Endothelial NOS

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Nitric oxide synthase 3 (endothelial cell)
PDB 1m9j EBI.jpg
Rendering of 1M9J
Available structures
PDB Ortholog search: PDBe, RCSB
Identifiers
Symbols NOS3 ; ECNOS; eNOS
External IDs OMIM163729 MGI97362 HomoloGene504 ChEMBL: 4803 GeneCards: NOS3 Gene
EC number 1.14.13.39
RNA expression pattern
PBB GE NOS3 205581 s at tn.png
More reference expression data
Orthologs
Species Human Mouse
Entrez 4846 18127
Ensembl ENSG00000164867 ENSMUSG00000028978
UniProt P29474 P70313
RefSeq (mRNA) NM_000603 NM_008713
RefSeq (protein) NP_000594 NP_032739
Location (UCSC) Chr 7:
150.69 – 150.71 Mb
Chr 5:
24.36 – 24.38 Mb
PubMed search [1] [2]

Endothelial NOS (eNOS), also known as nitric oxide synthase 3 (NOS3) or constitutive NOS (cNOS), is an enzyme that in humans is encoded by the NOS3 gene.[1]

Endothelial NOS is a nitric oxide synthase that generates NO in blood vessels and is involved with regulating vascular tone by inhibiting smooth muscle contraction and platelet aggregation. A constitutive Ca2+ dependent NOS provides a basal release of NO. eNOS is associated with plasma membranes surrounding cells and the membranes of Golgi bodies within cells.

Clinical significance[edit]

Variations in this gene are associated with susceptibility to coronary spasm.[2]

An association between a polymorphism in the gene and late-onset Alzheimer's disease in Chinese have been reported.[3]

Interactions[edit]

Endothelial NOS has been shown to interact with CAV1,[4] HSP90AA1[5][6][7] and GUCY1B3.[5]

References[edit]

  1. ^ Marsden PA, Schappert KT, Chen HS, Flowers M, Sundell CL, Wilcox JN, Lamas S, Michel T (August 1992). "Molecular cloning and characterization of human endothelial nitric oxide synthase". FEBS Lett. 307 (3): 287–93. doi:10.1016/0014-5793(92)80697-F. PMID 1379542.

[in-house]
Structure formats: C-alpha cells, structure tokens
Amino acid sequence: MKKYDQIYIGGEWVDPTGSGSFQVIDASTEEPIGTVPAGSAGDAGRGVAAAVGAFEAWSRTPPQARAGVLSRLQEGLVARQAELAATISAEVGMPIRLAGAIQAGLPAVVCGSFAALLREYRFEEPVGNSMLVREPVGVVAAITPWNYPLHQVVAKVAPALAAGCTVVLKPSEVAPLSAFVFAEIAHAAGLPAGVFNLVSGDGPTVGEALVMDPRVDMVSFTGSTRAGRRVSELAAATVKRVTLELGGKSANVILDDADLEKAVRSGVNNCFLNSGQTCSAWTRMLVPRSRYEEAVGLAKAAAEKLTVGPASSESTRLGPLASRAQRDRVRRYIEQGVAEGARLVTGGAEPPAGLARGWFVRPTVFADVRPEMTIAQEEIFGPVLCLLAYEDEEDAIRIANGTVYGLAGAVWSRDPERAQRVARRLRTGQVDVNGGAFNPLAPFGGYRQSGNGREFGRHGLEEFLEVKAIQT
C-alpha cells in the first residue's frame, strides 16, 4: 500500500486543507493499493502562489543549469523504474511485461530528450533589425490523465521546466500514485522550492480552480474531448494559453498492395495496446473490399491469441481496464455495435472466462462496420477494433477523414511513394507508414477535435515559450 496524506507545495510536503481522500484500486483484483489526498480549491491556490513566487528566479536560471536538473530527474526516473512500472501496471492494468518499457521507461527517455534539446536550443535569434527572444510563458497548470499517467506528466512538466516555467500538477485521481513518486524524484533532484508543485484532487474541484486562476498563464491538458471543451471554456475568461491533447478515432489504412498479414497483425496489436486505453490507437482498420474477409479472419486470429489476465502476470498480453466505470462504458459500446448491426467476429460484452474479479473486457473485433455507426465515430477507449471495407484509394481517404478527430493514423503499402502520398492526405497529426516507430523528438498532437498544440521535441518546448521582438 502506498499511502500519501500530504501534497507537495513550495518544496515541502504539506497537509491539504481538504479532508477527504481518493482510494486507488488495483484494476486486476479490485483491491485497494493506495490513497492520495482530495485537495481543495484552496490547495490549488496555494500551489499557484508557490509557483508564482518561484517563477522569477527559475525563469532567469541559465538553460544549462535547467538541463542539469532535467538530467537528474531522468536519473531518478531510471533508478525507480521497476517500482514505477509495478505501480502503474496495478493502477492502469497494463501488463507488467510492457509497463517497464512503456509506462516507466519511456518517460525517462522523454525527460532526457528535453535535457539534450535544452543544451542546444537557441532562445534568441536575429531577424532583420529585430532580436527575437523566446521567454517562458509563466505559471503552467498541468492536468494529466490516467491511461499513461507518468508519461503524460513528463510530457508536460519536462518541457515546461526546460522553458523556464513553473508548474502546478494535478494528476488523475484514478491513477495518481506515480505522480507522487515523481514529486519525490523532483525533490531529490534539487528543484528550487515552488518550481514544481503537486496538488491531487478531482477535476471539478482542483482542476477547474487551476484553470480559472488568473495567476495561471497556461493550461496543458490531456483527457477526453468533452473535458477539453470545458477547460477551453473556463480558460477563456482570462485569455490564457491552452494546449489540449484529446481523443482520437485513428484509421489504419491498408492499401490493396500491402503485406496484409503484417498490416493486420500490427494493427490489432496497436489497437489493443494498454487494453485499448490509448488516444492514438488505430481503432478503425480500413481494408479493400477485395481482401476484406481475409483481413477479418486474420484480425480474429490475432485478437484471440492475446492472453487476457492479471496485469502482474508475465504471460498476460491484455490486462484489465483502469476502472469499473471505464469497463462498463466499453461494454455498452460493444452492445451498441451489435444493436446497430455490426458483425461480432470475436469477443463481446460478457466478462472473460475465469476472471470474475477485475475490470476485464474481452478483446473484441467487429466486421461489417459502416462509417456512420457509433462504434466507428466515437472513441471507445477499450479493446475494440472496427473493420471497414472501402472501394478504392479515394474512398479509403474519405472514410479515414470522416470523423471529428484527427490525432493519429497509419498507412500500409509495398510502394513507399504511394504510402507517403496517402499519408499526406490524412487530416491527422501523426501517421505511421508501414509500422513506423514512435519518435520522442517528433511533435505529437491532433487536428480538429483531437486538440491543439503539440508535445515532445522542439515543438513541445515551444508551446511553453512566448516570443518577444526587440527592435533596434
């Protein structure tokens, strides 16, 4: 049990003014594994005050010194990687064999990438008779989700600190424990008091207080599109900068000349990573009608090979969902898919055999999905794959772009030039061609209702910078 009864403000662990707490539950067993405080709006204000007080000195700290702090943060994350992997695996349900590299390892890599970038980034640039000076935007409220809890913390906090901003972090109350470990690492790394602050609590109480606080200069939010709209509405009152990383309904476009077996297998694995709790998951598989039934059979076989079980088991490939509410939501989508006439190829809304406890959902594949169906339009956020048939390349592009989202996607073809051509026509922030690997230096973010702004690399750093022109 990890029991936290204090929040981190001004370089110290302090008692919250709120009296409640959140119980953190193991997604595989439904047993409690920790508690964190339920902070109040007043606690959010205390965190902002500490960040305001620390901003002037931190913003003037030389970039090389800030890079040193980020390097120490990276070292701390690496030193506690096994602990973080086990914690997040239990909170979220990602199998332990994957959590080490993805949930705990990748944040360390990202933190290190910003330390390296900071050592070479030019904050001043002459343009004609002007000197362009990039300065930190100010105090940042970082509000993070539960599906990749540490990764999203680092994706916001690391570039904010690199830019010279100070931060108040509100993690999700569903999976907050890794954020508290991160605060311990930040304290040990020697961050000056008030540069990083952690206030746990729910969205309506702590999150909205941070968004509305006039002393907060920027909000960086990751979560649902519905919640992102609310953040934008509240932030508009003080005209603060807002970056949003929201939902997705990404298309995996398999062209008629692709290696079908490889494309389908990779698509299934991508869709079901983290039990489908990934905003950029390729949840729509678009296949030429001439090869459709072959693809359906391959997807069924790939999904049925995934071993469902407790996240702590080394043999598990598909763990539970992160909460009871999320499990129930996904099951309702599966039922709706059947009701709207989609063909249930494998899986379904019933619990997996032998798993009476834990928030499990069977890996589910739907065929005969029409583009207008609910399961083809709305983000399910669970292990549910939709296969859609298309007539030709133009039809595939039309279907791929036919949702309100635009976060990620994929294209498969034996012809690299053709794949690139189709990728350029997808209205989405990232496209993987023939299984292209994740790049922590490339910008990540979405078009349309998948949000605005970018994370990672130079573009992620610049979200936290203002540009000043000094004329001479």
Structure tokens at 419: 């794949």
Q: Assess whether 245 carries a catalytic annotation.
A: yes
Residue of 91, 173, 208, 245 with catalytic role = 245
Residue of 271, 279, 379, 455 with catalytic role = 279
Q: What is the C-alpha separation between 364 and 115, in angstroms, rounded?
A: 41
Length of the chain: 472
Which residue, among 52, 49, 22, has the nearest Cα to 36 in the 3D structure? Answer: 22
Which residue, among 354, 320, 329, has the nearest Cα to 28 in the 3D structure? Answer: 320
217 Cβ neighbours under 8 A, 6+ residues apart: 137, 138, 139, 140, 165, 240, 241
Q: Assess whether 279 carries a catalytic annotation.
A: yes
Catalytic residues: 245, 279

2. ^ Yoshimura M, Yasue H, Nakayama M, Shimasaki Y, Sumida H, Sugiyama S, Kugiyama K, Ogawa H, Ogawa Y, Saito Y, Miyamoto Y, Nakao K (July 1998). "A missense Glu298Asp variant in the endothelial nitric oxide synthase gene is associated with coronary spasm in the Japanese". Hum. Genet. 103 (1): 65–9. doi:10.1007/s004390050785. PMID 9737779. 
  3. ^ Wang B, Tan S, Yang Z, Xie YC, Wang J, Zhou S, Li S, Zheng C, Ma X (February 2008). "Association between Alzheimer's disease and the NOS3 gene Glu298Asp polymorphism in Chinese". J. Mol. Neurosci. 34 (2): 173–6. doi:10.1007/s12031-007-9026-6. PMID 18183499. 
  4. ^ García-Cardeña G, Fan R, Stern DF, Liu J, Sessa WC (November 1996). "Endothelial nitric oxide synthase is regulated by tyrosine phosphorylation and interacts with caveolin-1". J. Biol. Chem. 271 (44): 27237–40. doi:10.1074/jbc.271.44.27237. PMID 8910295. 
  5. ^ a b Venema RC, Venema VJ, Ju H, Harris MB, Snead C, Jilling T, Dimitropoulou C, Maragoudakis ME, Catravas JD (August 2003). "Novel complexes of guanylate cyclase with heat shock protein 90 and nitric oxide synthase". Am. J. Physiol. Heart Circ. Physiol. 285 (2): H669–78. doi:10.1152/ajpheart.01025.2002. PMID 12676772. 
  6. ^ Harris MB, Ju H, Venema VJ, Blackstone M, Venema RC (September 2000). "Role of heat shock protein 90 in bradykinin-stimulated endothelial nitric oxide release". Gen. Pharmacol. 35 (3): 165–70. doi:10.1016/S0306-3623(01)00104-5. PMID 11744239. 
  7. ^ Stepp DW, Ou J, Ackerman AW, Welak S, Klick D, Pritchard KA (August 2002). "Native LDL and minimally oxidized LDL differentially regulate superoxide anion in vascular endothelium in situ". Am. J. Physiol. Heart Circ. Physiol. 283 (2): H750–9. doi:10.1152/ajpheart.00029.2002. PMID 12124224. 


Further reading[edit]